Junk food and kids

The Lempert Report
October 30, 2015

A new study finds one more reason why it’s not good for kids to grow up around junk food.

We know that junk food isn’t great for kids, but new research further emphasizes this by pointing out just how important their neighborhoods are.  According to a new study from UK’s University of Southampton, the more fast food restaurants in a neighborhood, the more likely it is for children to grow up with weak bones. Published in the journal Osteoporosis International, highlights just how much influence a neighborhood can have on a child’s development at a very early age.
In this new study, researchers examined the bone health and growth of about 1000 children at birth, and checked in with them again when they were four-and six-years-old. Data showed that children who were born in neighborhoods with an abundance of fast food chains had poorer bone health than those who were born in neighborhoods with healthier groceries and supermarkets. 
The study's co-author, and chair of the International Osteoporosis Foundation, Cyprus Cooper said in a press release; "These findings suggest that the exposure of mothers and children to more healthy food environments might optimize childhood bone development through its influence on the quality of the maternal diet and dietary choices during childhood."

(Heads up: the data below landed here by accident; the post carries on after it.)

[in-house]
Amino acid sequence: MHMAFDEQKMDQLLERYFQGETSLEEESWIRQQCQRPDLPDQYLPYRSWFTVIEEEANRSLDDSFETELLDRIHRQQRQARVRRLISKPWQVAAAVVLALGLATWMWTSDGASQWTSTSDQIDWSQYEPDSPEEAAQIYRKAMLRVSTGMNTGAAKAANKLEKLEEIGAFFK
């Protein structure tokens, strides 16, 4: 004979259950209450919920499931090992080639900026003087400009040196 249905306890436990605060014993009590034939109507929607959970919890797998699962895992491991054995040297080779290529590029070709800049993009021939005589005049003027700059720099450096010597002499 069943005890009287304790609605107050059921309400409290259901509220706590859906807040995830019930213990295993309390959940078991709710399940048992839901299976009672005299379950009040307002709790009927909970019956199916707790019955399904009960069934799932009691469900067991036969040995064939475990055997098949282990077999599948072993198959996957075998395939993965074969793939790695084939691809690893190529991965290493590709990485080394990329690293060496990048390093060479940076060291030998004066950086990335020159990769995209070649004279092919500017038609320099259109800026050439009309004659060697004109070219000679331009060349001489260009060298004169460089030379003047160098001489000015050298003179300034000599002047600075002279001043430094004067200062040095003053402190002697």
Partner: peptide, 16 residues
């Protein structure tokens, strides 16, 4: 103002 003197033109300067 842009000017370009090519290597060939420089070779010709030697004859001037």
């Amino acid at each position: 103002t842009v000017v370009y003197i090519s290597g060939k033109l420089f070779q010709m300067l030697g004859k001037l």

With this study in mind, supermarkets should remind shoppers of the benefits of healthy eating not only for parents of young children, but also pregnant women. Researchers noted that protein, calcium, vitamin D, fruits, and vegetables all positively influence bone health, especially during early years. Supermarkets should be offering tips, recipe ideas and promotions to help consumers implement such nutrition advice. Particularly supermarkets and grocery stores that are situated in food deserts, or areas where they may be the only option for families. Furthermore, just because healthy foods are available doesn’t guarantee community behavior will change – so retailers need to take a more proactive role to make sure shoppers have the knowledge and education to make the healthiest choices